Dir. Takeshi Kitano. Japan, 2003. 116 min.

A rousing, energetic take-off on a 19th century samurai tale which has become part of Japanese folklore, this black comedy, spurting fountains of digital blood and moving forward relentlessly at a fiery tempo, is a surprisingly entertaining departure for Takeshi Kitano from his dark combination of poetry and mayhem in modern yakuza dress. Though there is plenty of violence in his new film, it's impossible to take it seriously, so perfectly stylised and choreographed is each move. Kitano himself, playing the lead as usual, has never been more effective in his deadpan, underplayed acting, than he is here, as the blind masseur and master gambler wandering around the Japanese countryside and setting wrongs right with his mighty, invincible sword. With an explosive musical finale that drew enthusiastic applause at the Venice press screening, this is the kind of film that Kitano must have enjoyed doing immensely, and his fans will love watching again and again.

Zatoichi is a legendary figure which has been featured in no less than 26 Japanese movies, not to mention over 100 episodes made for television, all of them dedicated to this fictional hero who was always there to help the poor and the downtrodden against the miseries inflicted on them by the rich, the powerful and the crooked. Which is exactly what happens in this film, though Kitano makes sure his own picture is completely different from any of the many previous Zatoichi tales. Painting his hair blonde, using a red-blood cane sword and refusing to display any open feelings at any time, Kitano's Zatoichi isn't really anyone's friend, as he was traditionally conceived, he is first and foremost a superb slasher who with one swift move of his blade dispatches his enemies to their well-deserved death.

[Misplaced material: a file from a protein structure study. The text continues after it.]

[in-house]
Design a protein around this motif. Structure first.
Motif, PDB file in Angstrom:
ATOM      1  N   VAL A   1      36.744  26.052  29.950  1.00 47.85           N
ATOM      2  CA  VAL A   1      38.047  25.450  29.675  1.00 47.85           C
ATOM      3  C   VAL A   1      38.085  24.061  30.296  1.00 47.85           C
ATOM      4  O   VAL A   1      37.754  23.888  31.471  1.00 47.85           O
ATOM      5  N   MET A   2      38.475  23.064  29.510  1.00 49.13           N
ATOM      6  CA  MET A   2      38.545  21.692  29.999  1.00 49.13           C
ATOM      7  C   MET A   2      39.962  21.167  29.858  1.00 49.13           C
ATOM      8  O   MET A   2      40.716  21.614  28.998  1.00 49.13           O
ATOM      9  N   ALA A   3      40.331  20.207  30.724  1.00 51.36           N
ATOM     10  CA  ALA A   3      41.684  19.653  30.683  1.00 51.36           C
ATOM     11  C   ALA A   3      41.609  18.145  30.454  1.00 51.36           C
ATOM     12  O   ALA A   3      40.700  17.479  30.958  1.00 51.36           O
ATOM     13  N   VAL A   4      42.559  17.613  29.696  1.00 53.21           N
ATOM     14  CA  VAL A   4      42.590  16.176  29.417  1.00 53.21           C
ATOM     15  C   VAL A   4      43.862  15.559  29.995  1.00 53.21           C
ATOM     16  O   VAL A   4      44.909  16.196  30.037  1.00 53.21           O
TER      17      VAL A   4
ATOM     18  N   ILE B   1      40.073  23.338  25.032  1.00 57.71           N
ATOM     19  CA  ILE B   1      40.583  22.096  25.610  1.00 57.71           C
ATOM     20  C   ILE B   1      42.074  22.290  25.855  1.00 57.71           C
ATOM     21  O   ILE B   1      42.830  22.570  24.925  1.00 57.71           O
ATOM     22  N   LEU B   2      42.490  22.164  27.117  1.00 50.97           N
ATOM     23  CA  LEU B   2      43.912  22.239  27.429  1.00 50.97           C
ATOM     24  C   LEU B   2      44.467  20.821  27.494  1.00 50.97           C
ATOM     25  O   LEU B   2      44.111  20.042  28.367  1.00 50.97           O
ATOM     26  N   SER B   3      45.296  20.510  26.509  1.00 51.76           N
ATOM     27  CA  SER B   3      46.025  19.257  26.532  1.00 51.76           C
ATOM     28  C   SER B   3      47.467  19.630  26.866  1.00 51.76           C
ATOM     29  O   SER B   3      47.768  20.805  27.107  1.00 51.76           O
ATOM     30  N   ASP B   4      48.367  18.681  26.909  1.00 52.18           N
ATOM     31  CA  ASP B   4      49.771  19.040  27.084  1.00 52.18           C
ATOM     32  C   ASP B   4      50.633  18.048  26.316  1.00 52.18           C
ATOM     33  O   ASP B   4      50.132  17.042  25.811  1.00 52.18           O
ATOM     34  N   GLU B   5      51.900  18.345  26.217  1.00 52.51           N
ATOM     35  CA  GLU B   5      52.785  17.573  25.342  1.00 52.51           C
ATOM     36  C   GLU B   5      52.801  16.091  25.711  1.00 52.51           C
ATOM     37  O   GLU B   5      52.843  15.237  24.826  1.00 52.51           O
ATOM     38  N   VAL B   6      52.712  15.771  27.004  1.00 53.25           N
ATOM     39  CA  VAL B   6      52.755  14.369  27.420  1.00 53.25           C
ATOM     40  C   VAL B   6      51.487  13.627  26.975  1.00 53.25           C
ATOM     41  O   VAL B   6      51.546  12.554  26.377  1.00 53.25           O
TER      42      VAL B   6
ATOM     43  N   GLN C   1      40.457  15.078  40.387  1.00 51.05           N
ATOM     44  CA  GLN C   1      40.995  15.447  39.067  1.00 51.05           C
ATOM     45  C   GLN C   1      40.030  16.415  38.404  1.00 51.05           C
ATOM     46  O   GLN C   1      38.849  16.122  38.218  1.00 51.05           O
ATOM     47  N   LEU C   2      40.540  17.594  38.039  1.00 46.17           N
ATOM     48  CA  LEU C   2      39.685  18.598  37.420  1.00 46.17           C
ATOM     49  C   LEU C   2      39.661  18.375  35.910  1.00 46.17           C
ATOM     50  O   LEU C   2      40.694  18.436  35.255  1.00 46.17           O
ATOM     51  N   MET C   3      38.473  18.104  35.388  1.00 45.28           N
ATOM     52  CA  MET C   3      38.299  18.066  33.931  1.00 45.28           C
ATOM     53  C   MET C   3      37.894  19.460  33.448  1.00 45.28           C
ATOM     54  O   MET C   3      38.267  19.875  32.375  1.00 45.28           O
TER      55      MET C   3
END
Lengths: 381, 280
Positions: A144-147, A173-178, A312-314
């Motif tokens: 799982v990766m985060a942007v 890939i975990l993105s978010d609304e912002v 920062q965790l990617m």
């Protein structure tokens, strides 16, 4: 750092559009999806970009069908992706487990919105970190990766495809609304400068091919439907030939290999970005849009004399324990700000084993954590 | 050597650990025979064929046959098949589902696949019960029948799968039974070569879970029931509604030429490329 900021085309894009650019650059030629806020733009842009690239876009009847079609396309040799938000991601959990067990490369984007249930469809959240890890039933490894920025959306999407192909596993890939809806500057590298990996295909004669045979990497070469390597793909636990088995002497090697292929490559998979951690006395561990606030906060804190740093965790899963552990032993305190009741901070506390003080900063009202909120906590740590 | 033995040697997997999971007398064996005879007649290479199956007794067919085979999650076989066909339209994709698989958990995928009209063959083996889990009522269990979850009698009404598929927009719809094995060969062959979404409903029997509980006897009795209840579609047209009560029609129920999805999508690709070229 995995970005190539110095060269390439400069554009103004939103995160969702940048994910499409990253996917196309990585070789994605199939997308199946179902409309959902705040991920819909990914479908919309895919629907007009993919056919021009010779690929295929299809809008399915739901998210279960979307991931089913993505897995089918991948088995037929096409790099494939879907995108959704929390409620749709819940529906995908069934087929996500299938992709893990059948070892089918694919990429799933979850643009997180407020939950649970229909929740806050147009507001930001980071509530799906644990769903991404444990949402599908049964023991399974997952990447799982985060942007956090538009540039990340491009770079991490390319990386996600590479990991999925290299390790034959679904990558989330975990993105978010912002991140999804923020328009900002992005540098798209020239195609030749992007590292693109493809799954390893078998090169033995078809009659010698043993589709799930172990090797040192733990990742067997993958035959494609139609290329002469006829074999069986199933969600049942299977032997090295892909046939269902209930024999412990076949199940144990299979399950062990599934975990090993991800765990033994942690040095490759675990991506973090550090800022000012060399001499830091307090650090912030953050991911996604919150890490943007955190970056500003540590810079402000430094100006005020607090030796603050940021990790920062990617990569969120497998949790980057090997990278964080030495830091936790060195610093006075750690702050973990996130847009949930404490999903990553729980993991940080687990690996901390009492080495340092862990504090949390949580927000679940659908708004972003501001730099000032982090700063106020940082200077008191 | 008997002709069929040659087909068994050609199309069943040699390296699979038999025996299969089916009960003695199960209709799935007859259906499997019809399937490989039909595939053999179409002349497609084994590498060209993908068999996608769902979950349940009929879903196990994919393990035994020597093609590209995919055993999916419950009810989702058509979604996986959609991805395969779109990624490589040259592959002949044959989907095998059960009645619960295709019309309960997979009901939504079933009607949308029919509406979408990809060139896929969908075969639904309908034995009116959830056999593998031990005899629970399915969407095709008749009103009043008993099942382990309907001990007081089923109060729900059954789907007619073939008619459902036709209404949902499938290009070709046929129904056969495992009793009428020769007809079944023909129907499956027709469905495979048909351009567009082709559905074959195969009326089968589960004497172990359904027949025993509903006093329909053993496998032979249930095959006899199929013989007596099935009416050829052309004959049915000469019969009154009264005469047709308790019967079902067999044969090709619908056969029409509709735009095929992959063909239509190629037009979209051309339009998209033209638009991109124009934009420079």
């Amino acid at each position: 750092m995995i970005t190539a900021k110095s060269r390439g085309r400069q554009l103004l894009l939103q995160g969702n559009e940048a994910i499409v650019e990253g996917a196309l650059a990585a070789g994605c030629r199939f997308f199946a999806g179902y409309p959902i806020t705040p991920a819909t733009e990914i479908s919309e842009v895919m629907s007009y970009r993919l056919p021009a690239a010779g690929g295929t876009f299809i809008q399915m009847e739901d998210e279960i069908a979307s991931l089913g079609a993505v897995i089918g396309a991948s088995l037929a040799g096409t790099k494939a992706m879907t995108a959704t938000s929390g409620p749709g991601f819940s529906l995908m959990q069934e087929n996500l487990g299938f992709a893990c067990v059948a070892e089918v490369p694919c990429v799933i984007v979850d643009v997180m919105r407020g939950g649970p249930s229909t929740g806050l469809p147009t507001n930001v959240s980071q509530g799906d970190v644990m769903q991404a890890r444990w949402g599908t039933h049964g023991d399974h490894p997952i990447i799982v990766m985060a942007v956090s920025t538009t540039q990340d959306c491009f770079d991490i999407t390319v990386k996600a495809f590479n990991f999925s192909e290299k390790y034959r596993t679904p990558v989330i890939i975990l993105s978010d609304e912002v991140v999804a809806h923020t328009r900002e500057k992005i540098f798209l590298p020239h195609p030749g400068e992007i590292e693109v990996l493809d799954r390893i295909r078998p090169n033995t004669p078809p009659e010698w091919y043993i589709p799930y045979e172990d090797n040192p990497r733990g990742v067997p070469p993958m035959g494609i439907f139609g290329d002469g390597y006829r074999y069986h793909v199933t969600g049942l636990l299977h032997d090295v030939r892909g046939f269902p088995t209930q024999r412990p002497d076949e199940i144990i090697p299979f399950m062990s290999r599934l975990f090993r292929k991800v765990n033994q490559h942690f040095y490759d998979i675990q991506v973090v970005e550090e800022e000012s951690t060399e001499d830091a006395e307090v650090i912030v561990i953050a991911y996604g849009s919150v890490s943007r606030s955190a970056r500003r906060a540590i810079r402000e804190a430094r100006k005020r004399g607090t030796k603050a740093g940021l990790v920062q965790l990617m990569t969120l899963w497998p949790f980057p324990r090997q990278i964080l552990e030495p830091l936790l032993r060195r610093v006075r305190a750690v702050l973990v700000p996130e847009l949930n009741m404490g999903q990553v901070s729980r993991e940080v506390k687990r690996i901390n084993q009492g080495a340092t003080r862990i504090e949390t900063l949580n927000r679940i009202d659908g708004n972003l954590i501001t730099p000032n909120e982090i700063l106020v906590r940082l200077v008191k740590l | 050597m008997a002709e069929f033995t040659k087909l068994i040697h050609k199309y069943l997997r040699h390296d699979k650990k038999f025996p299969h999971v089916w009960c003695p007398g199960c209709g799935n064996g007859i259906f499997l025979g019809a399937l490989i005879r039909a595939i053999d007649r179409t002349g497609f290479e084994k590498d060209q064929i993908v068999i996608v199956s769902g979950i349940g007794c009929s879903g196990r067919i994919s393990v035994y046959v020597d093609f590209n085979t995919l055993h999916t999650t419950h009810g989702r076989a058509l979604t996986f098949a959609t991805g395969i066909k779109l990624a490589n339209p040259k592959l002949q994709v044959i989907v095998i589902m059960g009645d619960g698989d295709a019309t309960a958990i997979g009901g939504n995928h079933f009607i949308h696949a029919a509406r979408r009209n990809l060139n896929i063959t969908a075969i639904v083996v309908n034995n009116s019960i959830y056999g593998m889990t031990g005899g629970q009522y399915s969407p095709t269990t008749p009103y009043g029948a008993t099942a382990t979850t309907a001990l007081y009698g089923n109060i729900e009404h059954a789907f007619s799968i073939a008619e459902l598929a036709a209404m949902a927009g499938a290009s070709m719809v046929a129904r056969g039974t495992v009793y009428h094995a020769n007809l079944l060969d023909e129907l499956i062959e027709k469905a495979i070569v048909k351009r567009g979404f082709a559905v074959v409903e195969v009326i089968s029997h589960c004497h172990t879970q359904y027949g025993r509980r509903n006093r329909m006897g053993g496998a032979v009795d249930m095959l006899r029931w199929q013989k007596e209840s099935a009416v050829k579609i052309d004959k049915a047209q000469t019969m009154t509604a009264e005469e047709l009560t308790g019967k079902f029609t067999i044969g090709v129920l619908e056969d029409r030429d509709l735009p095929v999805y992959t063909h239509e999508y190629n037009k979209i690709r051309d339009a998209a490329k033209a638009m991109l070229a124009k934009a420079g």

The schematic frame in which he moves is familiar enough from many Japanese historical epics, as well as from countless westerns and gangster movies. A village is persecuted by a band of criminals who eliminate the competition, demand protection, and massacre anyone who does not comply. They have hired a ruthless but penniless 'ronin' to terminate all their enemies, and might have the entire place under their thumb but for the unprepossessing blind man who just walks in, settles down in a widow's home, massages her back, visits the local gambling spot, displays some of his uncanny swordsmanship when he catches them cheating and starts a process which inevitably leads to the complete and merciless defeat of the villains. At which point, the entire village erupts in a raucous, frenetic tap dance celebration, a musical number that may be completely out of the historical context, but expresses better than anything else, the ecstatic relief of all inhabitants who are finally rid of their usurpers.

From the very first scene, when a gang of hoods approach the humbly dressed Zatoichi resting by the side of the road and learn at their lives' expense that they should not have messed with him, Kitano keeps the bloody confrontations going at top speed, the purpose of the few calm passages in-between being to provide some kind of continuity between one display of virtuosity and another. This refers not only to the swordplay, with which Kitano is familiar from his days on stage, but to the minute, clockwork direction of the actors, the choreography of the movements, the precision of the cutter, the seamless blend of sound effects and pumping rhythmical music, and of course the inventive staging of each scene.

Visual felicities may be less evident here than in his more artistically-inclined pictures, but it is still difficult to ignore some of his compositions, such patterns of straight lines with blotches of red blood between them, a combination of rain, sand and blood in a scene he refers to as 'a tribute to Kurosawa's Seven Samurai', or the orgy of colour and movement in the last scene. Kitano's dry humour is evident throughout, enforced by his minimal use of dialogue and extreme economy of movements, which only underlines the significance of each one of them. His preference for images rather than words to tell his story, which may take some getting used to, is often used telegraphically for short flashbacks. And if there are a few moments in the second hour, when it seems the film is out of breath, they don't last long before the action plunges on into the next swish-of-the-blade extravaganza.

Prod co: Bandai Visual, Tokyo FM, Dentsu, TV Asahi, Saito Entertainment, Office Kitano
Prods: Masayuki Mori, Tsunehisa Saito
Exec prod: Chieko Saito
Scr & ed: Takeshi Kitano, based on story by Kan Shimozawa
Cinematography: Katsumi Ianagijima
Co-ed: Yoshinori Ota
Prod des: Norihiro Isoda
Costumes: Kazuko Kurosawa
Music: Keichi Suzuki
Tap dance choreography: The Stripes
Sound: Senji Horiuchi
Main Cast: Beat Takeshi, Tadanobu Asano, Michiyo Ogusu, Yui Natsukawa, Gudalcanal Taka, Daigoro Tachibana, Yuko Daike,Ittoku Kishibe, Saburo Ishikura, Akira Emoto